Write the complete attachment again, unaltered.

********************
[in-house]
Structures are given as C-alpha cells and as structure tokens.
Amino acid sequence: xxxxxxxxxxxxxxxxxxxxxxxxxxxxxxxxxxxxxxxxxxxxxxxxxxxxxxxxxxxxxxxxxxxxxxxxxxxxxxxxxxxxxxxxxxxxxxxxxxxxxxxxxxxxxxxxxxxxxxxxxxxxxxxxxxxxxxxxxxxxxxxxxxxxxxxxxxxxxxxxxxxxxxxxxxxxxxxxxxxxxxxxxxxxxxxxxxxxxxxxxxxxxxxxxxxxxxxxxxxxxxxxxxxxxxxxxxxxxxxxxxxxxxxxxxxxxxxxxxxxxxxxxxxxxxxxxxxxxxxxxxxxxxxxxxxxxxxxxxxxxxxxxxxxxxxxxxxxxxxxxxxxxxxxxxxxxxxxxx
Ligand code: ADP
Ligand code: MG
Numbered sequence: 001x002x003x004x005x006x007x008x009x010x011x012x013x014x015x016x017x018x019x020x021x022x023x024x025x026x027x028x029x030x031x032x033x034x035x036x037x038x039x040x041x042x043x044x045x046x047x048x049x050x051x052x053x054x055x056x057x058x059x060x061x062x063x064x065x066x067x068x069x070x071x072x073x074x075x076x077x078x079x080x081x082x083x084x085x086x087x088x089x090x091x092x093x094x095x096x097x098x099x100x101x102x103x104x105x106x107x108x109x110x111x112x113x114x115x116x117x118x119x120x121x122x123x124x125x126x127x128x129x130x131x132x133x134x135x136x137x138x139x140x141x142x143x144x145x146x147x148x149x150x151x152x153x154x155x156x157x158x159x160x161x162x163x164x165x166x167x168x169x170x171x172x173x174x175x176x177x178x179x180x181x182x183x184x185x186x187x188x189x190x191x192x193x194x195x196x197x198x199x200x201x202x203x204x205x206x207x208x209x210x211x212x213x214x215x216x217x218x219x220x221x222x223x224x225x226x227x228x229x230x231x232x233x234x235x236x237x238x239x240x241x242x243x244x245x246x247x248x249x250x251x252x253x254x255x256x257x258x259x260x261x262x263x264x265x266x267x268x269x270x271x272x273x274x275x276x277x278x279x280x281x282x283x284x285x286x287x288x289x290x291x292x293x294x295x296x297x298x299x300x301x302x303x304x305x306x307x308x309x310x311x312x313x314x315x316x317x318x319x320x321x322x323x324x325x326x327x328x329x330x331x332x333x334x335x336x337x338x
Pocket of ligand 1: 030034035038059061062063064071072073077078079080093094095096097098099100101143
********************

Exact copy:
[in-house]
Structures are given as C-alpha cells and as structure tokens.
Amino acid sequence: xxxxxxxxxxxxxxxxxxxxxxxxxxxxxxxxxxxxxxxxxxxxxxxxxxxxxxxxxxxxxxxxxxxxxxxxxxxxxxxxxxxxxxxxxxxxxxxxxxxxxxxxxxxxxxxxxxxxxxxxxxxxxxxxxxxxxxxxxxxxxxxxxxxxxxxxxxxxxxxxxxxxxxxxxxxxxxxxxxxxxxxxxxxxxxxxxxxxxxxxxxxxxxxxxxxxxxxxxxxxxxxxxxxxxxxxxxxxxxxxxxxxxxxxxxxxxxxxxxxxxxxxxxxxxxxxxxxxxxxxxxxxxxxxxxxxxxxxxxxxxxxxxxxxxxxxxxxxxxxxxxxxxxxxxxxxxxxxxx
Ligand code: ADP
Ligand code: MG
Numbered sequence: 001x002x003x004x005x006x007x008x009x010x011x012x013x014x015x016x017x018x019x020x021x022x023x024x025x026x027x028x029x030x031x032x033x034x035x036x037x038x039x040x041x042x043x044x045x046x047x048x049x050x051x052x053x054x055x056x057x058x059x060x061x062x063x064x065x066x067x068x069x070x071x072x073x074x075x076x077x078x079x080x081x082x083x084x085x086x087x088x089x090x091x092x093x094x095x096x097x098x099x100x101x102x103x104x105x106x107x108x109x110x111x112x113x114x115x116x117x118x119x120x121x122x123x124x125x126x127x128x129x130x131x132x133x134x135x136x137x138x139x140x141x142x143x144x145x146x147x148x149x150x151x152x153x154x155x156x157x158x159x160x161x162x163x164x165x166x167x168x169x170x171x172x173x174x175x176x177x178x179x180x181x182x183x184x185x186x187x188x189x190x191x192x193x194x195x196x197x198x199x200x201x202x203x204x205x206x207x208x209x210x211x212x213x214x215x216x217x218x219x220x221x222x223x224x225x226x227x228x229x230x231x232x233x234x235x236x237x238x239x240x241x242x243x244x245x246x247x248x249x250x251x252x253x254x255x256x257x258x259x260x261x262x263x264x265x266x267x268x269x270x271x272x273x274x275x276x277x278x279x280x281x282x283x284x285x286x287x288x289x290x291x292x293x294x295x296x297x298x299x300x301x302x303x304x305x306x307x308x309x310x311x312x313x314x315x316x317x318x319x320x321x322x323x324x325x326x327x328x329x330x331x332x333x334x335x336x337x338x
Pocket of ligand 1: 030034035038059061062063064071072073077078079080093094095096097098099100101143